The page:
When UK banks spun up new loan products for the Bounce Back Loan Scheme in 2020, speed was of the essence, putting fraud-risk processes under pressure and leaving both the scheme and lenders open to abuse through fraudulent activity.
Eighteen months on, the true cost of that speedy roll-out is still emerging. Due to the many ways in which qualifying criteria could be exploited, the industry has long been conscious of the potential fraud loss lurking in portfolios.
Exposure analysis: tackling a known ‘unknown’
The new problem is that nobody truly knows the extent of BBLS fraud exposure. For individual lenders looking to shape their recovery strategies, that’s an uncomfortable ‘unknown’.
The government may come good on its commitment to underwrite loans awarded but will all loans be protected? Given the scale of the issue (and the potential ramifications for taxpayers) it’s difficult to say. And for lenders, that uncertainty is risky business.
It would be very easy to say that nothing can be done as the proverbial BBLS’ horse has bolted. But in taking steps to understand their exposure to fraud loss and defaults, lenders do still have a valuable opportunity to prioritise loan recovery from likely good payers. And at the very least, having definitive insight into the scale of BBLS fraud or misuse is useful for regulatory reporting.
Daring to look
One UK tier one bank we’ve been working with has found exposure analysis particularly fruitful. By cross-referencing pre-existing fraud risk indicators from National SIRA with public sector data from the National Fraud Initiative (NFI), we conducted a full review of a subset of their BBLS applicant book.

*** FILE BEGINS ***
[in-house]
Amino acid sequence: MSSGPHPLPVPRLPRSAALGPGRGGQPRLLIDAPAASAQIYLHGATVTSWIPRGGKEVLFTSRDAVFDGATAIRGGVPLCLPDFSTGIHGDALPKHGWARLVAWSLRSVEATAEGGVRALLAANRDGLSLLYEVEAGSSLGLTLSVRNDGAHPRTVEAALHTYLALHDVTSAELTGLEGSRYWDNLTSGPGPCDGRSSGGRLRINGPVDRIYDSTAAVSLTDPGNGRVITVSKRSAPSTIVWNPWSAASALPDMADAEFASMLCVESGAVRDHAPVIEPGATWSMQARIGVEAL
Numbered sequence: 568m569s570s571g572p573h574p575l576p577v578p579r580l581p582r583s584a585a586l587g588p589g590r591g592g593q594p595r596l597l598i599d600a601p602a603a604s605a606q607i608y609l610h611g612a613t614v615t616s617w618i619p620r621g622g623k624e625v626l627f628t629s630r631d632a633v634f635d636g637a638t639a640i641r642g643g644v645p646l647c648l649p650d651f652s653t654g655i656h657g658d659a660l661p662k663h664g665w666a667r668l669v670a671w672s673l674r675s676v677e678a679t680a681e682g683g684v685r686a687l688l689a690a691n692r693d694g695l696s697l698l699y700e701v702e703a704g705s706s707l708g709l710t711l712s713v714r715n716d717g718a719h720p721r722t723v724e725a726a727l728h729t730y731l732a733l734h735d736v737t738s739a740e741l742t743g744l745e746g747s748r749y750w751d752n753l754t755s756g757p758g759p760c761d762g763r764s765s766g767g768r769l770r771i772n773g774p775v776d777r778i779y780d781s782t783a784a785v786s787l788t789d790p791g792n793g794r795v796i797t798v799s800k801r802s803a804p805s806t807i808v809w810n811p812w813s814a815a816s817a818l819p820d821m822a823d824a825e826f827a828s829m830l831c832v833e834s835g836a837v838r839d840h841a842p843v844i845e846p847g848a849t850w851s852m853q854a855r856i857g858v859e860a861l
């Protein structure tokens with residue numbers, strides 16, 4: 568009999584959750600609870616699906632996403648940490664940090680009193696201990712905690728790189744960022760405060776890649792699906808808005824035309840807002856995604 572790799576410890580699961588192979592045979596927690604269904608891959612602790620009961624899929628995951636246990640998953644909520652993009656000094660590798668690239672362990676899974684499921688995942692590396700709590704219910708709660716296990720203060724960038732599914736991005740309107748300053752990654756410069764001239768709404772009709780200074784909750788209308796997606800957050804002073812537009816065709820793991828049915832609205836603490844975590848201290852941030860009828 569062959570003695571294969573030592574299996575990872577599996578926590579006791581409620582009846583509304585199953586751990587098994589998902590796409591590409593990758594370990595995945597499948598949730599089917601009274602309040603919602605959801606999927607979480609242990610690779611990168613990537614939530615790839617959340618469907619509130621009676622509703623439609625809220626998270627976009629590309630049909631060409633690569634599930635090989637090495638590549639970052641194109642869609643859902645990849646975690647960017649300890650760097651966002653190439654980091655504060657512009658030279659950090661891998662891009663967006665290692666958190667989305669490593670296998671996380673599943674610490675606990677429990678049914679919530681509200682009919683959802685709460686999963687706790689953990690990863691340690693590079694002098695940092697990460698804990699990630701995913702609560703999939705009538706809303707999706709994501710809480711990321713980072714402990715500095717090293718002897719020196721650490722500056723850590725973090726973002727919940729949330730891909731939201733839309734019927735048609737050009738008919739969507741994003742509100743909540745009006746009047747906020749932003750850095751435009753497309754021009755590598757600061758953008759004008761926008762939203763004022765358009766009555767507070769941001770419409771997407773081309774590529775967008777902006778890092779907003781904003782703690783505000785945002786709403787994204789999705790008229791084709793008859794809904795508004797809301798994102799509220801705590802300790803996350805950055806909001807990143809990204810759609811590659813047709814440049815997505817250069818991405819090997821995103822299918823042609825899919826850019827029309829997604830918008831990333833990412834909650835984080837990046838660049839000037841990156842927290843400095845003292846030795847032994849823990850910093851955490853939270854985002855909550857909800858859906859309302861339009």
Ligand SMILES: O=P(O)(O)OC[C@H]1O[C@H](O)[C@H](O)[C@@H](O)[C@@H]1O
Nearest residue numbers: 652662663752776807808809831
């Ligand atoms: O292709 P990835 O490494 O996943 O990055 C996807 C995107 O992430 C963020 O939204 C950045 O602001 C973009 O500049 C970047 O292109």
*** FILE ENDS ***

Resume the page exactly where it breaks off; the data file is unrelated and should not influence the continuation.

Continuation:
The first stage of our review was to confirm applicant eligibility – i.e. were they actually trading before March 2020. We found 85% of screened cases to be suspect and requiring further investigation. Investigation which, among other findings, revealed that 45% of applications were for businesses who showed no evidence of trading at all - before or after the qualifying date. 14% seemed to have used the BBLS funds as a Business Start-Up loan, with evidence of them trading after 2nd March 2020 but not before – clear evidence of misuse. To see the full detail of our findings, please view the case study.
With this clearer picture of businesses who received BBLS money, our customer has been able to better understand their potential liability and develop a loan collections and recovery strategy to minimise financial loss and optimise use of resources.
Helping you to understand your exposure
If you’re an accredited lender impacted by BBLS misuse or fraud, we can help you gain a holistic view of your exposure to support and strengthen your loan recovery strategy. Simply complete the below form and a member of team will call you back.
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